Wednesday, January 20th, 2021

Study Proves Fluoride Does Not Promote ‘Healthy Teeth’

Published on January 1, 2016 by   ·   1 Comment

A new study proves that fluoride does not create healthy teeth as Brits are said to have better teeth than Americans


A new study by Harvard and University College London has found that Brits have healthier teeth than Americans due to Britain having less fluoride in the drinking water. 

With a fluoridation rate of of 74%, Americans find it hard to escape the dangers of fluoride. Britain’s water supply, on the other hand, only has 10% of its supply fluoridated. reports:

“Contrary to popular belief, our study showed that the oral health of U.S. citizens is not better than the English, with Americans having significantly more missing teeth,” said the study’s lead author, Dr. Richard Watt, Professor in Dental Public Health, Dept. of Epidemiology and Public Health, at UCL.

There is a longstanding belief in the United States that the British have terrible teeth, much worse than U.S. citizens. This view dates back at least 100 years, with toothpaste adverts extolling the virtues of American smiles.

Contemporary examples of this belief in popular U.S. culture range from The Simpsons to the popular Hollywood character Austin Powers and his repugnant smile.

Researchers looked to data on thousands of people in the U.S. National Health and Nutrition Examination Survey and the English Adult Dental Health Survey and found the “mean number of missing teeth was significantly higher in the U.S.,” at 7.31 versus 6.97 in England. The numbers are striking for juveniles, as 12-year-old Britons with missing or filled teeth averaged 0.7, while U.S. 12-year-olds averaged 1.3. With fluoridated water being touted as the reason for outstanding dental health in the U.S., the results of this study certainly call such boastful claims to task.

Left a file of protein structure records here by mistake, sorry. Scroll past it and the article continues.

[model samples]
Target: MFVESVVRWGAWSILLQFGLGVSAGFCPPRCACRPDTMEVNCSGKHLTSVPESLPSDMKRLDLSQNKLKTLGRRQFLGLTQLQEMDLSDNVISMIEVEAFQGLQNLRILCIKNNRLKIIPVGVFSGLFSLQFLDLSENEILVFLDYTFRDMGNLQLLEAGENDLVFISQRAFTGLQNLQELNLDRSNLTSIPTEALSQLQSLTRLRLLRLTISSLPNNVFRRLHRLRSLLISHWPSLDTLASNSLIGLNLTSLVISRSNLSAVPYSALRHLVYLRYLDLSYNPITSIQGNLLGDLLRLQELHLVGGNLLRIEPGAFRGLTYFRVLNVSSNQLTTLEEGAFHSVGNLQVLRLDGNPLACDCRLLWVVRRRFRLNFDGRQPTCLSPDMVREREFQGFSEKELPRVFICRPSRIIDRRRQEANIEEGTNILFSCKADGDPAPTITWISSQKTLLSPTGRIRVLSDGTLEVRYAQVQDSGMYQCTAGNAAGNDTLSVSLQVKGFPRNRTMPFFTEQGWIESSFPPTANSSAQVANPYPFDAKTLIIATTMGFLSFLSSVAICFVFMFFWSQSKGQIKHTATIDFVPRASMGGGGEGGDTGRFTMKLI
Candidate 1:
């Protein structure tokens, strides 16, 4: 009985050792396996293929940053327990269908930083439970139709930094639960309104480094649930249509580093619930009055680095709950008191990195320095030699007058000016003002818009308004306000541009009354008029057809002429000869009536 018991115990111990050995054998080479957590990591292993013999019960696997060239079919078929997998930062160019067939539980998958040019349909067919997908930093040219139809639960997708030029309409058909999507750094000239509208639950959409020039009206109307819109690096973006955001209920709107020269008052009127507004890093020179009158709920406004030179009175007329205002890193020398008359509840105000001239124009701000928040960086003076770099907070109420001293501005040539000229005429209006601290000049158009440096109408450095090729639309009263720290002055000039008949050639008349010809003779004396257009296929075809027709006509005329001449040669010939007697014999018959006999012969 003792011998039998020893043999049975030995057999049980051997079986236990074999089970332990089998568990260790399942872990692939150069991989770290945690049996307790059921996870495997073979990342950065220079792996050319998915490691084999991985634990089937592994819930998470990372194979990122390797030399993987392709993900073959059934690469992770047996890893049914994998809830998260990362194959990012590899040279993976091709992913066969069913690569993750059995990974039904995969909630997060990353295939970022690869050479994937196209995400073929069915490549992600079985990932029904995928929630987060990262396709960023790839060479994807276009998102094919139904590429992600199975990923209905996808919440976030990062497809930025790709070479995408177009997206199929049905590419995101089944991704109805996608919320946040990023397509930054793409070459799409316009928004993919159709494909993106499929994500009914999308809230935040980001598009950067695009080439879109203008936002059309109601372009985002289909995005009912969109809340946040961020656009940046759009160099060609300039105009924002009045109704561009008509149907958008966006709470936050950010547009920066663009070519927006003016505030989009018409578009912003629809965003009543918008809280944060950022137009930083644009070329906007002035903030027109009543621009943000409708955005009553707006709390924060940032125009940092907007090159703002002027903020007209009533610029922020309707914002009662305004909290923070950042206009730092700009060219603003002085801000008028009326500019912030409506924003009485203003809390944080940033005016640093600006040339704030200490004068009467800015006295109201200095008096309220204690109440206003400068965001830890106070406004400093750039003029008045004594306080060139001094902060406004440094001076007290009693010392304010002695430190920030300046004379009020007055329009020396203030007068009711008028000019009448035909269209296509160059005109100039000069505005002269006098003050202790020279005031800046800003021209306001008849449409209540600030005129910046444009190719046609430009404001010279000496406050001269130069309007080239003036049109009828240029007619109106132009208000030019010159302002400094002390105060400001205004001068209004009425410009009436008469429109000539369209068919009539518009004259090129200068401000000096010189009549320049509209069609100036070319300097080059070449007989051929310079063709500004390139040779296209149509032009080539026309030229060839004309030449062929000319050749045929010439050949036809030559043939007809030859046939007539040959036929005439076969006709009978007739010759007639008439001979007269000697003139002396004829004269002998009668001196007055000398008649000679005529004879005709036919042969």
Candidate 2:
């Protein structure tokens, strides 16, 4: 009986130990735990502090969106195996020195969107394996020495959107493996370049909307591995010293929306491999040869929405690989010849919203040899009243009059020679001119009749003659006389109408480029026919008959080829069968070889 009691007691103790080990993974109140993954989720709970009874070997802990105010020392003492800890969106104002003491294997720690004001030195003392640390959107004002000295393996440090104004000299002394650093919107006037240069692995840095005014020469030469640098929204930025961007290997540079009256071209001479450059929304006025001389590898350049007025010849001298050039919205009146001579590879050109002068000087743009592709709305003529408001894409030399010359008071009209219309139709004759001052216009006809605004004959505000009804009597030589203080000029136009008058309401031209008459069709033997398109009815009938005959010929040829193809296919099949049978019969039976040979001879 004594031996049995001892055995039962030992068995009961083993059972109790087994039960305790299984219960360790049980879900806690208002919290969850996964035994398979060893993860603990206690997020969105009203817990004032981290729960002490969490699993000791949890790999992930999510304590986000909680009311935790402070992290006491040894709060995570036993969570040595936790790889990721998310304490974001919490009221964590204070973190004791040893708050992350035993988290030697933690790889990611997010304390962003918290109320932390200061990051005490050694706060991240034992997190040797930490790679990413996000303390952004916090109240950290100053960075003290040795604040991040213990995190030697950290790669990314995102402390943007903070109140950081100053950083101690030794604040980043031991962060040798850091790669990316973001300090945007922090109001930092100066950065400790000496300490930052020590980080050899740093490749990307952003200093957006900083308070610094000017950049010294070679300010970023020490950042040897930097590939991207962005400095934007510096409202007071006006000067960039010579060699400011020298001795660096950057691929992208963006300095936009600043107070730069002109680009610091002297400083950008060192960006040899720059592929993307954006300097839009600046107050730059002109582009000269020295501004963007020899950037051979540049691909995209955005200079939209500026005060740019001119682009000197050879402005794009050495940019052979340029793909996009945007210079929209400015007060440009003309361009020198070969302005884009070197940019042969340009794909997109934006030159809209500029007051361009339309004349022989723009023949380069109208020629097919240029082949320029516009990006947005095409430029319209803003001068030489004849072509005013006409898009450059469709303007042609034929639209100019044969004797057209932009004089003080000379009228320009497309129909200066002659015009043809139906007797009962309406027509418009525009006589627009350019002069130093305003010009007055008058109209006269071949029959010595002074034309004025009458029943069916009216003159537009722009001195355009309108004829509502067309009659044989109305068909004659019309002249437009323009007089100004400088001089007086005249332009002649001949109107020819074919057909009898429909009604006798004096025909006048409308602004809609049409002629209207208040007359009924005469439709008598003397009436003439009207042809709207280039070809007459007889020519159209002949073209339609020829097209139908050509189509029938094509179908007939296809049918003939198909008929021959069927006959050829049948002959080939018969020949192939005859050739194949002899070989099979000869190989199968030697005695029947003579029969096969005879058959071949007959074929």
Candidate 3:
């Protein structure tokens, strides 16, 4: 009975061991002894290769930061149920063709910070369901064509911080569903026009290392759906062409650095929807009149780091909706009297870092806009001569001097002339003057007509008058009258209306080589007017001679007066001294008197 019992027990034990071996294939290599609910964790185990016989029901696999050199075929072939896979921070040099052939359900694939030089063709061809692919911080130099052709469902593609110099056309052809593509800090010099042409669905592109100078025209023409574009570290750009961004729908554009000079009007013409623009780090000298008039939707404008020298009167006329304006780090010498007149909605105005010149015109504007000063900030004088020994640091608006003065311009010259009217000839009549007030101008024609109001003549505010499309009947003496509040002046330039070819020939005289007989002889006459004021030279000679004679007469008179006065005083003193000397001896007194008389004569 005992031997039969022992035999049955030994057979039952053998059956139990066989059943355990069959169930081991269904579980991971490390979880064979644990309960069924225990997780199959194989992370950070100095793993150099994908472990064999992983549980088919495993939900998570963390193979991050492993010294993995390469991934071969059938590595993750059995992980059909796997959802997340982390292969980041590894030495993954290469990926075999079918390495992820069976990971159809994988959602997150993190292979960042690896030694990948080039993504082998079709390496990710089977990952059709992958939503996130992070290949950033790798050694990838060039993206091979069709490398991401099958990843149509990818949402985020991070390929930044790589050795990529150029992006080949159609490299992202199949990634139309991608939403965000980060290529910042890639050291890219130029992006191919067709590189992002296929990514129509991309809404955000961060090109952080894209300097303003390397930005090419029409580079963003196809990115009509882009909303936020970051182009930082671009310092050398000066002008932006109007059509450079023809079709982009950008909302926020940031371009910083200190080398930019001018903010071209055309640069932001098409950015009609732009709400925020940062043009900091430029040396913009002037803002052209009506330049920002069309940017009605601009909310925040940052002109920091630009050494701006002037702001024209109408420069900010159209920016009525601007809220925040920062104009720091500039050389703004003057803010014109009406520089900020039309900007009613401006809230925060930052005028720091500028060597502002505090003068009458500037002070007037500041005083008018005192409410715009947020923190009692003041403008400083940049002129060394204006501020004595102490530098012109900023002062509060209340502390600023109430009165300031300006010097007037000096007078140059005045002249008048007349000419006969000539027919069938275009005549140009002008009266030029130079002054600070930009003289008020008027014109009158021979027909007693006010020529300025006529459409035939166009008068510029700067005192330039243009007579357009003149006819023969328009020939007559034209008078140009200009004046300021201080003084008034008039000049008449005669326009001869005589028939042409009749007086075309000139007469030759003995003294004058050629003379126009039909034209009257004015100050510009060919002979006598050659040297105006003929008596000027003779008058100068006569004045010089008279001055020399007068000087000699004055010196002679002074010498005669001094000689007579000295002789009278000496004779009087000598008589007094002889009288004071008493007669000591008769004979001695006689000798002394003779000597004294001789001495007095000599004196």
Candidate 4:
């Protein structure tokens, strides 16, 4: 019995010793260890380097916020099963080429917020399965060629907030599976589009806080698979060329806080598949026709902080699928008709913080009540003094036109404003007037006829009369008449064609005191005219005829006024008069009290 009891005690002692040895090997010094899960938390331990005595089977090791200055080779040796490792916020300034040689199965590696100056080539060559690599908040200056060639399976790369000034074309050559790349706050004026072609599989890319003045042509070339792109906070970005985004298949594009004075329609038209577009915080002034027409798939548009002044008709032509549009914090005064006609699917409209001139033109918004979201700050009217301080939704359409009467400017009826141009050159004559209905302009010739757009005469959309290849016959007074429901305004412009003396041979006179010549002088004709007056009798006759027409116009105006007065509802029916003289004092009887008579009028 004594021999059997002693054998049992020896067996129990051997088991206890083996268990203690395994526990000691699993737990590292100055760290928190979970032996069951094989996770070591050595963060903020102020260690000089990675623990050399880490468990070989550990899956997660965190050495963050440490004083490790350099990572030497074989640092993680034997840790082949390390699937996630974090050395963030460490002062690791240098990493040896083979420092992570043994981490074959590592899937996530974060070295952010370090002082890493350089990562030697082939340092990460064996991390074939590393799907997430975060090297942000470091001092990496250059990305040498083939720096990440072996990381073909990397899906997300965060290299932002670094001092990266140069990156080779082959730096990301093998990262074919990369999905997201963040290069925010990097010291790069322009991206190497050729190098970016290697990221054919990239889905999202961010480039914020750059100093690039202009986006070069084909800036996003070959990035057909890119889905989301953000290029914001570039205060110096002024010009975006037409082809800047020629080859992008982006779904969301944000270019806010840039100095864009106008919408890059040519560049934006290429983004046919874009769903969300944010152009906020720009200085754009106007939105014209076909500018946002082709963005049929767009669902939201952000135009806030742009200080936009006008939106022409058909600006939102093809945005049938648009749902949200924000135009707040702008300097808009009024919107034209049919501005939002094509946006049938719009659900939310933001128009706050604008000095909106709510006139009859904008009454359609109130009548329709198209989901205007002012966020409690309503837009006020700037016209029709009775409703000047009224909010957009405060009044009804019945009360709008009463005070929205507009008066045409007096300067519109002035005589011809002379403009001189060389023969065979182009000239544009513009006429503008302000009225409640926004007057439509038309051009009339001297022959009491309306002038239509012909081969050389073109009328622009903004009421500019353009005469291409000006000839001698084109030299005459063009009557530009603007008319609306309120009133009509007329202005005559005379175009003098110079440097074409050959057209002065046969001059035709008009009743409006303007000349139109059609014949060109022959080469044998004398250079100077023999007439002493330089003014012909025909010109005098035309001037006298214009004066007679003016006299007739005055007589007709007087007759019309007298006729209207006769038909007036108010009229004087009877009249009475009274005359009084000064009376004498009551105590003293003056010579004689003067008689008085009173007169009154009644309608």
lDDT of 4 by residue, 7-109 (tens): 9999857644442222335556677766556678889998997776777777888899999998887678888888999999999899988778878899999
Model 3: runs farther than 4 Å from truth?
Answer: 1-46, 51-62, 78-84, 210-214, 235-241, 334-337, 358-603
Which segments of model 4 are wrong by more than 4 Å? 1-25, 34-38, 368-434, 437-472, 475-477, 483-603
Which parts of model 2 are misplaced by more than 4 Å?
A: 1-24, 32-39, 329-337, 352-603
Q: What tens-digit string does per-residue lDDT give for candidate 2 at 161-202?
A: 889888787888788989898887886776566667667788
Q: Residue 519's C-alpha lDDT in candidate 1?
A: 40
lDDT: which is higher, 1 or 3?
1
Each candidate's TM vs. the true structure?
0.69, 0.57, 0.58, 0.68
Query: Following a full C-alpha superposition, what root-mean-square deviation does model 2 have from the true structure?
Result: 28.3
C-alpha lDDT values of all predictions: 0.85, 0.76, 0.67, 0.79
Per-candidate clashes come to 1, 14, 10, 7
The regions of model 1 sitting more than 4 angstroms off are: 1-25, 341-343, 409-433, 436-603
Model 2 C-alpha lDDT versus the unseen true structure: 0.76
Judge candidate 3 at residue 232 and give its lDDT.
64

In fact, the Centers for Disease Control and Prevention found rates of dental fluorosis — “caused by long-term ingestion of fluoride during the time teeth are forming” and characterized by white spots in its mildest forms, to “staining andpitting in the more severe forms” — increased from 1999-2004 (the year of its study data) over previous numbers in the period from 1986-1987. This happened despite the original goal of fluoridation in the 1930s of decreasing the dental fluorosis rate.According to the CDC’s web page on Community Fluoridation:

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Readers Comments (1)

  1. Jessica Anne Jessica Anne says:

    I started using a water filter for everything even cooking around 3 months ago. I also gave up fluoridated toothpaste at the same time. Your mouth goes through some changes for the first couple of weeks but then you adjust. Fluoride has a lot to answer for and not just for giving you bad teeth!

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